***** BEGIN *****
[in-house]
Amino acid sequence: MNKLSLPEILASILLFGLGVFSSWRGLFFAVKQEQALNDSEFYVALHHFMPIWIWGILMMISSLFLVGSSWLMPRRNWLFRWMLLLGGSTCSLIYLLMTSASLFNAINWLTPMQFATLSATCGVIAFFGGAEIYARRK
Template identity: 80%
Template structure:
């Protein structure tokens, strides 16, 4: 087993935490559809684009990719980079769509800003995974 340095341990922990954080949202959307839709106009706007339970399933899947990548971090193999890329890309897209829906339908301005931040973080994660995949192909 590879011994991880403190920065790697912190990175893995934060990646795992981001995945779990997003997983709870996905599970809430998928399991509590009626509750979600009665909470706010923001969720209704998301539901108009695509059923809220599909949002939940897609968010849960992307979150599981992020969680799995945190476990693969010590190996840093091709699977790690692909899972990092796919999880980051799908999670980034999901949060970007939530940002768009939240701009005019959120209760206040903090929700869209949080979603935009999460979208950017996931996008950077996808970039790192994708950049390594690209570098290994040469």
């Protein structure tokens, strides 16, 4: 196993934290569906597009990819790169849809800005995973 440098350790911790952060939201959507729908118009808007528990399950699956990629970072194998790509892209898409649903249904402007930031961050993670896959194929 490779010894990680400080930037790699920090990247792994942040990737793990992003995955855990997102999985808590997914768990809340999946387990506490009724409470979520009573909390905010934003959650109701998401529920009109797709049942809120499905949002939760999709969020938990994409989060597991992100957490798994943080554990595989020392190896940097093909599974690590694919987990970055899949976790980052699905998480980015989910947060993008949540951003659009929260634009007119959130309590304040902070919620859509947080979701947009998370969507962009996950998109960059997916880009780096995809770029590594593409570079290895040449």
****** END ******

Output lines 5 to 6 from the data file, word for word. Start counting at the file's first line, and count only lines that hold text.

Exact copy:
């Protein structure tokens, strides 16, 4: 087993935490559809684009990719980079769509800003995974 340095341990922990954080949202959307839709106009706007339970399933899947990548971090193999890329890309897209829906339908301005931040973080994660995949192909 590879011994991880403190920065790697912190990175893995934060990646795992981001995945779990997003997983709870996905599970809430998928399991509590009626509750979600009665909470706010923001969720209704998301539901108009695509059923809220599909949002939940897609968010849960992307979150599981992020969680799995945190476990693969010590190996840093091709699977790690692909899972990092796919999880980051799908999670980034999901949060970007939530940002768009939240701009005019959120209760206040903090929700869209949080979603935009999460979208950017996931996008950077996808970039790192994708950049390594690209570098290994040469």
């Protein structure tokens, strides 16, 4: 196993934290569906597009990819790169849809800005995973 440098350790911790952060939201959507729908118009808007528990399950699956990629970072194998790509892209898409649903249904402007930031961050993670896959194929 490779010894990680400080930037790699920090990247792994942040990737793990992003995955855990997102999985808590997914768990809340999946387990506490009724409470979520009573909390905010934003959650109701998401529920009109797709049942809120499905949002939760999709969020938990994409989060597991992100957490798994943080554990595989020392190896940097093909599974690590694919987990970055899949976790980052699905998480980015989910947060993008949540951003659009929260634009007119959130309590304040902070919620859509947080979701947009998370969507962009996950998109960059997916880009780096995809770029590594593409570079290895040449």